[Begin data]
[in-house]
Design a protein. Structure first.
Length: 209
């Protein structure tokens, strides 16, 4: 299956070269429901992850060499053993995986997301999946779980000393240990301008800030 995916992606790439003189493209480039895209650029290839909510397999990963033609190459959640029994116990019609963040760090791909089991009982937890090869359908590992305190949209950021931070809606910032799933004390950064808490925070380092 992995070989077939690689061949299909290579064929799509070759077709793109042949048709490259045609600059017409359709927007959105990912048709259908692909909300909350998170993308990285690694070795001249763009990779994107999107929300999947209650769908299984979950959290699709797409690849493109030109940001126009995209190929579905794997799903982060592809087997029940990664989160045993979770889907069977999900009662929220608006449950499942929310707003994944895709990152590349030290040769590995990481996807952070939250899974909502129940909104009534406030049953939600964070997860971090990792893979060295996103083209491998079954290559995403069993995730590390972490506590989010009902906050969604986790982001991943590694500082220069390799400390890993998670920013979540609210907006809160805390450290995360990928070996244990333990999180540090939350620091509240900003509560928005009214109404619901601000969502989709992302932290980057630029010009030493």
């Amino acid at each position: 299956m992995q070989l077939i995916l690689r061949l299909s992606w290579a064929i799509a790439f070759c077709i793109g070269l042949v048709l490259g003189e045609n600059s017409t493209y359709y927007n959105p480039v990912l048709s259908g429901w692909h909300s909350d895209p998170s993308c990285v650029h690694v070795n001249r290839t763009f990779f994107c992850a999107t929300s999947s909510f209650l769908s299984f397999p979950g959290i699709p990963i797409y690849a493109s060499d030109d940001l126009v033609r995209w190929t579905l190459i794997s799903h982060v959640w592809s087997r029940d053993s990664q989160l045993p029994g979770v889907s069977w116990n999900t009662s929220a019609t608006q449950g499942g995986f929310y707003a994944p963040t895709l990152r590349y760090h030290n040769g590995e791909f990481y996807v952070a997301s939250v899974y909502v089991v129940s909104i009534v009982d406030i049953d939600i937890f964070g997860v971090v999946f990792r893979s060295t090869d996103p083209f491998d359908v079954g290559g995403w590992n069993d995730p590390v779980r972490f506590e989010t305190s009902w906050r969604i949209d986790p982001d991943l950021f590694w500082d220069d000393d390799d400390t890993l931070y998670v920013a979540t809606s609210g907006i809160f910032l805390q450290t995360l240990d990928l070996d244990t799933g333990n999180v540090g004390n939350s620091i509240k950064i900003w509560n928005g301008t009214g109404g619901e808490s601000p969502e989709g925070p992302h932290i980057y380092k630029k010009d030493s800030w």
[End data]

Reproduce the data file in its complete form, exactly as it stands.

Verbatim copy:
[in-house]
Design a protein. Structure first.
Length: 209
């Protein structure tokens, strides 16, 4: 299956070269429901992850060499053993995986997301999946779980000393240990301008800030 995916992606790439003189493209480039895209650029290839909510397999990963033609190459959640029994116990019609963040760090791909089991009982937890090869359908590992305190949209950021931070809606910032799933004390950064808490925070380092 992995070989077939690689061949299909290579064929799509070759077709793109042949048709490259045609600059017409359709927007959105990912048709259908692909909300909350998170993308990285690694070795001249763009990779994107999107929300999947209650769908299984979950959290699709797409690849493109030109940001126009995209190929579905794997799903982060592809087997029940990664989160045993979770889907069977999900009662929220608006449950499942929310707003994944895709990152590349030290040769590995990481996807952070939250899974909502129940909104009534406030049953939600964070997860971090990792893979060295996103083209491998079954290559995403069993995730590390972490506590989010009902906050969604986790982001991943590694500082220069390799400390890993998670920013979540609210907006809160805390450290995360990928070996244990333990999180540090939350620091509240900003509560928005009214109404619901601000969502989709992302932290980057630029010009030493």
């Amino acid at each position: 299956m992995q070989l077939i995916l690689r061949l299909s992606w290579a064929i799509a790439f070759c077709i793109g070269l042949v048709l490259g003189e045609n600059s017409t493209y359709y927007n959105p480039v990912l048709s259908g429901w692909h909300s909350d895209p998170s993308c990285v650029h690694v070795n001249r290839t763009f990779f994107c992850a999107t929300s999947s909510f209650l769908s299984f397999p979950g959290i699709p990963i797409y690849a493109s060499d030109d940001l126009v033609r995209w190929t579905l190459i794997s799903h982060v959640w592809s087997r029940d053993s990664q989160l045993p029994g979770v889907s069977w116990n999900t009662s929220a019609t608006q449950g499942g995986f929310y707003a994944p963040t895709l990152r590349y760090h030290n040769g590995e791909f990481y996807v952070a997301s939250v899974y909502v089991v129940s909104i009534v009982d406030i049953d939600i937890f964070g997860v971090v999946f990792r893979s060295t090869d996103p083209f491998d359908v079954g290559g995403w590992n069993d995730p590390v779980r972490f506590e989010t305190s009902w906050r969604i949209d986790p982001d991943l950021f590694w500082d220069d000393d390799d400390t890993l931070y998670v920013a979540t809606s609210g907006i809160f910032l805390q450290t995360l240990d990928l070996d244990t799933g333990n999180v540090g004390n939350s620091i509240k950064i900003w509560n928005g301008t009214g109404g619901e808490s601000p969502e989709g925070p992302h932290i980057y380092k630029k010009d030493s800030w």